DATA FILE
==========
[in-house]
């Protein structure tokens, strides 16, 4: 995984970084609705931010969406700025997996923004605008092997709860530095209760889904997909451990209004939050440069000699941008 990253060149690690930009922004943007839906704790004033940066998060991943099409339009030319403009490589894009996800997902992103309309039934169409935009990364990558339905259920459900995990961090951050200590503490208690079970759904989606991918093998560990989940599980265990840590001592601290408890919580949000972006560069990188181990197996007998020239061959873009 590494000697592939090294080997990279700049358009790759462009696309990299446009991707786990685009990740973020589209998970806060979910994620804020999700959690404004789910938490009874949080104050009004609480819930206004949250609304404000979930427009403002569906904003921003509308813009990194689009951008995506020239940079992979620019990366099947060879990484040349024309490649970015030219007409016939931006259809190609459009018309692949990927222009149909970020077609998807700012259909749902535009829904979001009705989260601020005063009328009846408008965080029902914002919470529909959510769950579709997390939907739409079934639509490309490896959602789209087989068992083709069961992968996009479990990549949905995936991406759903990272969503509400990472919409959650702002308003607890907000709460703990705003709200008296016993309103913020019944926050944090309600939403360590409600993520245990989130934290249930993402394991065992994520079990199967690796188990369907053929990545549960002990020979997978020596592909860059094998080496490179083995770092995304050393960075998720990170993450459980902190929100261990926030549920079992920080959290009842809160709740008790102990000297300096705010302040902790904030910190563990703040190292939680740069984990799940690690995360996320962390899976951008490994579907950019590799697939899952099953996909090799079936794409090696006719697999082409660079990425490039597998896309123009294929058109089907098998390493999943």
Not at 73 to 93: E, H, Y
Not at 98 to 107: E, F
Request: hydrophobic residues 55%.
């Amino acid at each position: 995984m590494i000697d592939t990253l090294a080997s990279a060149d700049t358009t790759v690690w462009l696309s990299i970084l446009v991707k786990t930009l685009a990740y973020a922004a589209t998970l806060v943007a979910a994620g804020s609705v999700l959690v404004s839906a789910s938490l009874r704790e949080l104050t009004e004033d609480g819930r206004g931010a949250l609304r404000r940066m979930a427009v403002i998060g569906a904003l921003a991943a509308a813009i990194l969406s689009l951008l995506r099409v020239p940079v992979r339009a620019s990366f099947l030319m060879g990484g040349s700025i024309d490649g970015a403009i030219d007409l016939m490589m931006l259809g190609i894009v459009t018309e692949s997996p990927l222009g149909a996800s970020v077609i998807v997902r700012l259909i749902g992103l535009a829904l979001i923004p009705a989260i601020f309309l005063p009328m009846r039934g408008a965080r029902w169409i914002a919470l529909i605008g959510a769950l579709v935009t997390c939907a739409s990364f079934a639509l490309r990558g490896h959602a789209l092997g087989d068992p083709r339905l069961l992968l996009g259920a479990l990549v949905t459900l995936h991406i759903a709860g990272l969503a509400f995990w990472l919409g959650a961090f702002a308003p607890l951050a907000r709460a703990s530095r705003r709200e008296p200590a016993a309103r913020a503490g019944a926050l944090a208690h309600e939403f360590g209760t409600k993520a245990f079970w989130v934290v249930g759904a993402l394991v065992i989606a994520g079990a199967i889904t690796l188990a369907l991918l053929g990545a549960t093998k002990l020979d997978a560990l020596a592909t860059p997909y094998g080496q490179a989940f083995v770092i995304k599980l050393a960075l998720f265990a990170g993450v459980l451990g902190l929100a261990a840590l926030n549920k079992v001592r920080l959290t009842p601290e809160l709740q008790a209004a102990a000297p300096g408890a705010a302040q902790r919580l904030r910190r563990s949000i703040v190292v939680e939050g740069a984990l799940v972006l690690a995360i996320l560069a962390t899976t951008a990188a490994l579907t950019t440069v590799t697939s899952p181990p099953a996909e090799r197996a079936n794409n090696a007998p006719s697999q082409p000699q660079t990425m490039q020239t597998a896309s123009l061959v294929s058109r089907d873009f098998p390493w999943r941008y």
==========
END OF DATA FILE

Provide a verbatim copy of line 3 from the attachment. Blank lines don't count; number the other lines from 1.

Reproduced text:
Not at 73 to 93: E, H, Y